Outside, in the midst of a Massachusetts January, the temperature huddles around twenty degrees. A sprinkling of snow softens the driveway and the rooftops. Inside, I huddle under an afghan on the couch, next to the cat. A cup of black coffee warms my insides.
If the dog days of summer have a counterpart, this is it. The point in winter after the holiday decorations have been put away, but before February’s groundhog has popped up. Sunshine is in short supply, the ground is frozen, and gardening is about as close to my thoughts as a vacation on Mars.
I wouldn’t be thinking about gardening at all if it wasn’t for the catalogs, stacked a foot away from my coffee. Come December, they crowd my mailbox. Buy something once from any of them, and you’re assured a lifetime supply.
They tantalize. They invite. They dare. But every year, in spite of their influence, the same thought crosses my mind. Maybe this year I’ll skip it. Maybe this year I’ll leave the shovels and rakes in the garage. I’ll let the wheelbarrow rest its back.
It wouldn’t be a catastrophic loss. My entire garden measures something close to twelve by fifteen feet. It occupies the only reasonably sunny spot in a yard where shade prefers to linger. Sandy, acidic, and downright anemic soil offers all the nutritional value of a gin and tonic. And in the end the payout for my efforts tallies little more than a dozen or so tomatoes, a pint or two of jalapeños, and just enough squash for a few loaves of zucchini bread.
True, the rabbits would be disappointed, having to seek out clover in the yard instead of helping themselves to my nasturtiums. The hornbeam caterpillars would have to scare someone else. And the neighborhood groundhog would find only crabgrass and nettles. A suitable feast as far as I’m concerned, although it’s become harder to dislike that chubby brown thief since the little girl next door named him Taco.
I’m sure I’m not the only gardener who’s had these conflicted thoughts, but if there’s a time in the year to consider a spring and summer free of sore knees and grimy fingernails, it’s now, when there’s only you and a pile of paper temptations.
Why do we do it? Why do we give up weekends to weed, prune, rake, and wield hoses? What is it about the promise of a well-tended garden that calls to us even in the depths of winter?
“The garden is a domestication of the wild,” wrote Stanley Kunitz, the poet who spent the better part of a century tending words and flowers. Here we can meet nature on something close to neutral terms. Here we can stand in the universe and pour the promise of creation into our palm—a handful of seeds, of hope.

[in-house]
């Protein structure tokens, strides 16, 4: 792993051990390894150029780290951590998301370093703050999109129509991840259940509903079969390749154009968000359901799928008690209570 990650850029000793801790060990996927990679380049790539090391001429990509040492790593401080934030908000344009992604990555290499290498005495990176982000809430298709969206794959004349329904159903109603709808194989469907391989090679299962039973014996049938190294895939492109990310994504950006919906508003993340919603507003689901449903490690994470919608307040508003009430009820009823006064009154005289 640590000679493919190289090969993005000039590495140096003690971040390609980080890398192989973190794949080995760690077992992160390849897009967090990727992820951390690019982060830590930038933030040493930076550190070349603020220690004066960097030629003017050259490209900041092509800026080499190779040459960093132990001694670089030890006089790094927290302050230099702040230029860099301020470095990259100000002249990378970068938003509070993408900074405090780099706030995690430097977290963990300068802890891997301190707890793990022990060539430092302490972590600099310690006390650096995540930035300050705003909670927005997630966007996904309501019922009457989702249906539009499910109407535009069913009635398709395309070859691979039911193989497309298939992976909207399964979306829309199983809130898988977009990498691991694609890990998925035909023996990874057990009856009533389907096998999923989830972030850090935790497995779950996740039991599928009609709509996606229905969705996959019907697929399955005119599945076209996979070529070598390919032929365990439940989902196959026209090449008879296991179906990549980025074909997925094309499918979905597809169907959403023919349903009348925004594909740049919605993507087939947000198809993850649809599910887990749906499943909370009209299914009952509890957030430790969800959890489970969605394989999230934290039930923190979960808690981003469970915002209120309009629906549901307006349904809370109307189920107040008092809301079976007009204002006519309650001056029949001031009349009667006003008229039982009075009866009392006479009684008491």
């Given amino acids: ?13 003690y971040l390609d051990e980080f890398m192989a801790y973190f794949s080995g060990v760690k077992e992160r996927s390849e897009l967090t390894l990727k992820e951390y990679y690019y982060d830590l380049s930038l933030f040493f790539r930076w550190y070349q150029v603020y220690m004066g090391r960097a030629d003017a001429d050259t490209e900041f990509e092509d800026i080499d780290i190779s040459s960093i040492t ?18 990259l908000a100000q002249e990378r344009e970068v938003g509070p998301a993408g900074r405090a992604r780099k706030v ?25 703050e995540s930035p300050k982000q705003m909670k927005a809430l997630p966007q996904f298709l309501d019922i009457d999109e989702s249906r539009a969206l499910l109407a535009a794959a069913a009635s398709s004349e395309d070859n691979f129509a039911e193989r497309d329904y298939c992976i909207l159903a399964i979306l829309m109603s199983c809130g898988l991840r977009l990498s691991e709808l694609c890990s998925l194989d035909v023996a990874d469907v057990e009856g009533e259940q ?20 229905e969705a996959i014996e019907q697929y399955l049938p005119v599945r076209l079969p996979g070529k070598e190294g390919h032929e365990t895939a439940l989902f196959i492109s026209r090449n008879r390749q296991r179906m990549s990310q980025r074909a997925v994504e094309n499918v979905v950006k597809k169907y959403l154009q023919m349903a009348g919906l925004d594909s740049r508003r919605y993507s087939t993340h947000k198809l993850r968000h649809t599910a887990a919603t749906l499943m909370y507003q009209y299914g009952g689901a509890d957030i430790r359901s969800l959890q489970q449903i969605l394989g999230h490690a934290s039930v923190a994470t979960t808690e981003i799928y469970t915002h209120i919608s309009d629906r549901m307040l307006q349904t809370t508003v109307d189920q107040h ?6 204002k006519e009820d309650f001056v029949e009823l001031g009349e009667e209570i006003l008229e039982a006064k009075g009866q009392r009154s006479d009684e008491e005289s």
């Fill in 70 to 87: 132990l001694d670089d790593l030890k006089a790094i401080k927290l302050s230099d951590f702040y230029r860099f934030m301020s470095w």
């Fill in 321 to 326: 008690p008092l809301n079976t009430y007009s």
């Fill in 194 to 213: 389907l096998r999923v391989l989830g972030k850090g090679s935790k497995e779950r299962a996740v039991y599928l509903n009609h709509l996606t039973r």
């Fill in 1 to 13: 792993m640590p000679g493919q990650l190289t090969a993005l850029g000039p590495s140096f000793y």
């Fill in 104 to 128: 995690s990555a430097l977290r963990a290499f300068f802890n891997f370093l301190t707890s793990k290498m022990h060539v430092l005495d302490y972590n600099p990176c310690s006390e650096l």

Gardening is an organic alchemy learned when potatoes and beans meant survival, not recreation. It was our turn from the vagaries of hunting and gathering to becoming masters of our own fate. It was the stubborn insistence that we will not go hungry when the sunlight is in short supply and the ground is frozen.
When you put your hands into the earth, you put your hands into history. Dig down and the worms whisper memories of all humankind. But the garden is also a reminder of childhood, one of the few places adults can get their hands really good and filthy—and recall sandboxes and Tonka trucks.
Maybe you’ve had your own brushes with apostasy, couch-bound and cold, recalling toil and failures. Or maybe your faith in cultivation has never wavered. Some receive the glossy pages with unblemished ecstasy, certain of the spring and their need to work in it. Either way, the catalogs arrive. They invite both faithful and uncertain to secret handshakes with the earth, to the comfort of summers that seem to stretch on forever.
Perhaps it is good I do not go to the task too easily. But—and inside I know this—I will. Certainties like soil shepherd us and bring us back to tradition. They return me to that same small patch of earth year after year.
Come spring I will rouse the tools from their slumber. I will clear the debris of autumn and winter. I will poke soft nests into loam and cover seeds in patient comfort. I’ll pour dark pitchers of compost tea, check the fence for dilapidation, and wag my finger at a groundhog named Taco. I will look for the praying mantis swaying amongst the tomato vines. I’ll turn my back on days of short sunlight, when snow was on the rooftops and when my doubt truly was not if I would plant but what I would plant.
I will try my best to contain this wild space. And it will liberate me. ❖